His birth story varies depending upon whom you ask...
In one version of the tale, Bacchus was the son of Zeus and Semele. Hera, Zeus's wife, wasn't thrilled when Semele confided that she was pregnant with Zeus's child, so she tricked Semele into demanding Zeus reveal his true form. When he did so, Semele died, leaving Zeus to carry Bacchus in a womb-pocket until his birth.
In another, he was the son of Zeus and Persephone. In this version, Hera sent the Titans to murder Bacchus. Zeus drove the Titans away, but not before they consumed all but Bacchus's heart, which was saved by one Goddess or another. Zeus used the heart to recreate Bacchus, whom he then implanted in Semele's womb, allowing him to be twice born or reborn.
Bacchus is the quintessential "heathen god" in many respects.
First and foremost, a debate still wages in some circles as to whether Jesus was modeled after Bacchus. The similarities are striking. Both were born to a God and a human mother. They were both reborn. They both turned water into wine. And so on and so forth. Given that Bacchus wasn't exactly a proper and pious God (as it were) and the theory turns a central tenent of Christianity (belief in the life and times of Jesus) on its head, this debate is particularly troubling to some.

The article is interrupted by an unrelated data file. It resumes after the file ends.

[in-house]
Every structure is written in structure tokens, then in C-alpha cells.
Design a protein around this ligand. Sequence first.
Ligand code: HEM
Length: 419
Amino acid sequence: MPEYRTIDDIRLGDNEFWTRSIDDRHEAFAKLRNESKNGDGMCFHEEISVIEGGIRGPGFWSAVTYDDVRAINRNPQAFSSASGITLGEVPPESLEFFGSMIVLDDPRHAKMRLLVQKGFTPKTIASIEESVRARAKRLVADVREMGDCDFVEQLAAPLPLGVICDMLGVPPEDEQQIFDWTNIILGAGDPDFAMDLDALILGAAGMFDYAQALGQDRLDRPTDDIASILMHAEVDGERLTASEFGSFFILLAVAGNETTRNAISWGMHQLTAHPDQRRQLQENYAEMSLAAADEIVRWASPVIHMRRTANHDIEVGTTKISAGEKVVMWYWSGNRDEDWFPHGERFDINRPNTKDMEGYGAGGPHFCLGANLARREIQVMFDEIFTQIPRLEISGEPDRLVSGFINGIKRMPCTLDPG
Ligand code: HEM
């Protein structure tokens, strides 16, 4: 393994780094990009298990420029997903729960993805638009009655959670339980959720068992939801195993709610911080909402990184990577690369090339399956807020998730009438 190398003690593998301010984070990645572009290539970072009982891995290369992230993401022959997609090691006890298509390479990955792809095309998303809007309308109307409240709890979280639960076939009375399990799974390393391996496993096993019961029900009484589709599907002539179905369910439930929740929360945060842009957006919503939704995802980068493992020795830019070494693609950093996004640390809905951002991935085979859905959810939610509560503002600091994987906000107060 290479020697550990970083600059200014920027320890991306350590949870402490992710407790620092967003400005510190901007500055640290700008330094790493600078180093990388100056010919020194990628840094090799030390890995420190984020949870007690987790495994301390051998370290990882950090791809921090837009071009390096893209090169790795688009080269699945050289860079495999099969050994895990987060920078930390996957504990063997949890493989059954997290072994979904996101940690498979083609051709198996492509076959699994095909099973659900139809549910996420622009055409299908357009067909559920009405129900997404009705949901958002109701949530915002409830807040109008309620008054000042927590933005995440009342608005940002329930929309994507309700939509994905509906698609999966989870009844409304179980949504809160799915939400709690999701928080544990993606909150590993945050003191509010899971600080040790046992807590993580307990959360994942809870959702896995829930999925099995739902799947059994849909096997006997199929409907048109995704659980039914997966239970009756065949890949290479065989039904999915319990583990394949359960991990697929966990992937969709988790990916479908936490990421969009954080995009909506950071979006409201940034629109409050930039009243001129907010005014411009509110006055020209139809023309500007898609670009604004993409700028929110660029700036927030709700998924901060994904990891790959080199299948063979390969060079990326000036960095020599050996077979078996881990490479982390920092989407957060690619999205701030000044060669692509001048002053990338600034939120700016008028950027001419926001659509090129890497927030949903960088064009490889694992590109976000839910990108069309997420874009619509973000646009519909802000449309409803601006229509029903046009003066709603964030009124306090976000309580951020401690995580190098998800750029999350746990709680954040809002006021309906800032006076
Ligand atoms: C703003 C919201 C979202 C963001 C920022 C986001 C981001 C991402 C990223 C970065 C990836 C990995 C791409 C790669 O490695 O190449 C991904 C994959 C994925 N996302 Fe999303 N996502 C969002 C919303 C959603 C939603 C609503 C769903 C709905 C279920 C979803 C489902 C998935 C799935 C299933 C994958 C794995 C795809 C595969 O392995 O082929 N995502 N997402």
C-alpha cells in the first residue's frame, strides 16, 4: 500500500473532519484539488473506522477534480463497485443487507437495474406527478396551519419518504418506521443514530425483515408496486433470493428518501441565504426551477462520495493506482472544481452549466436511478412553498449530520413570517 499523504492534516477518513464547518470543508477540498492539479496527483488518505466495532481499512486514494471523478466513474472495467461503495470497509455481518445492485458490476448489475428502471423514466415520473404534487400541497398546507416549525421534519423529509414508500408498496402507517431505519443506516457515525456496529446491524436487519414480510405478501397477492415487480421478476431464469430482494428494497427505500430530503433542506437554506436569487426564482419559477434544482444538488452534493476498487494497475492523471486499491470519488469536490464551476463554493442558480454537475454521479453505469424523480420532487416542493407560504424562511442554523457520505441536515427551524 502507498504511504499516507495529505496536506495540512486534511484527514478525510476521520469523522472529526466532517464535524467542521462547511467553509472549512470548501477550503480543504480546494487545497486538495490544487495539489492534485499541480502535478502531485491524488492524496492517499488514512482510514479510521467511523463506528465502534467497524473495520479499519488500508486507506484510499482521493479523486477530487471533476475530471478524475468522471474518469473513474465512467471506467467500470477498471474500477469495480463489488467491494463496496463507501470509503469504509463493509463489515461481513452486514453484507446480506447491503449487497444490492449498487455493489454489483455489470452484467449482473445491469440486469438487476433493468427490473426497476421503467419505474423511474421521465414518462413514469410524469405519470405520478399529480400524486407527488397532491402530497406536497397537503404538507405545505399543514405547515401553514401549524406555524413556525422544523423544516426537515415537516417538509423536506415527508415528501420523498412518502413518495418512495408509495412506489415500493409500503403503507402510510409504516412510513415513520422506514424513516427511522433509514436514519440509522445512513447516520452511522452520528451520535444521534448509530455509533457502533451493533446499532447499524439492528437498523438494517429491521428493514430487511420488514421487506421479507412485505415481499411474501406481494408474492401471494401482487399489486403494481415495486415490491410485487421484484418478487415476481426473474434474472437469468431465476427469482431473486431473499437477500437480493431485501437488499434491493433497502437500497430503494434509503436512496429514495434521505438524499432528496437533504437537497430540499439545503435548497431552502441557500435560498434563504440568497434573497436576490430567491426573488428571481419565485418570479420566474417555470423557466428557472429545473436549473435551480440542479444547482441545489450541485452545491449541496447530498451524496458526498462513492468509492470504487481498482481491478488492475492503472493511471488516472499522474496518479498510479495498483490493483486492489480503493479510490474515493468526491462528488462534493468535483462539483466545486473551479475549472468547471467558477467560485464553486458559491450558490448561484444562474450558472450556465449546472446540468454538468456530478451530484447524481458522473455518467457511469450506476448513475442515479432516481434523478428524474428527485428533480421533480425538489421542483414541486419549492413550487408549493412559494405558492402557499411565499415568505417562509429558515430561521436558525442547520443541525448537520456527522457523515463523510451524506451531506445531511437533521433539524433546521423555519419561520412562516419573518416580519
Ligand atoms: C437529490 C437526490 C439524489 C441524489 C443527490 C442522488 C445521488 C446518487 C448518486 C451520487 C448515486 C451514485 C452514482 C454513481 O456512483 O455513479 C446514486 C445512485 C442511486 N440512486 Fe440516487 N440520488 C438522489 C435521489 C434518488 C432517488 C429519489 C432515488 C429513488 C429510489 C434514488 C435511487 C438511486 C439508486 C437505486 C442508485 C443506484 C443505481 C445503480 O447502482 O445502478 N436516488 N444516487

Bacchus was so intertwined with parties that he's said to have induced a frenzy in his followers... one they used to do very ungodly things. Massive orgies were thrown in his honor in the streets of ancient Greece and Rome. The Bacchanalia were so steeped in sex and crime, they were eventually outlawed in Rome. But not even a little thing like outlawing an orgy stopped the randy masses. The Bacchanalia continued to be held in secret.
The Dionysian Mysteries (also referred to as the Cult of Dionysus) has also been attributed to Bacchus in Rome and Dionysus in Greece, though it's likely the cult predated Bacchus/Dionysus. Regardless, the Dionysian Mysteries was an influential religion unto itself at the time. Followers used intoxicants to lower inhibitions and return one to a "natural" state. They, for all intents and purposes, sought that frenzied, liberated state associated with Bacchus. Particularly troubling was the cults' encouragement of participation by women, slaves, and others marginalized by society, and the sacrifices they undertook in an effort to "assimilate the body of the god with his own flesh and blood" (see At a Dionysian Mystery). During these frenzied rituals, it's said that it wasn't uncommon for humans to be torn to shreds and consumed.
Now, whether that's true or not... I can't begin to tell you. My psychometric power never developed (dang it all!) so I wasn't there and I didn't see it. But the story is pretty heathen, even for the followers of a "heathen" god. Of course, that could also be one of the many tales spread by the Church in an attempt to demonize Pagan practices of the time and further distance Bacchus from Jesus. Either way, the scandalous Dionysian Mysteries is pretty fascinating, don't you think?
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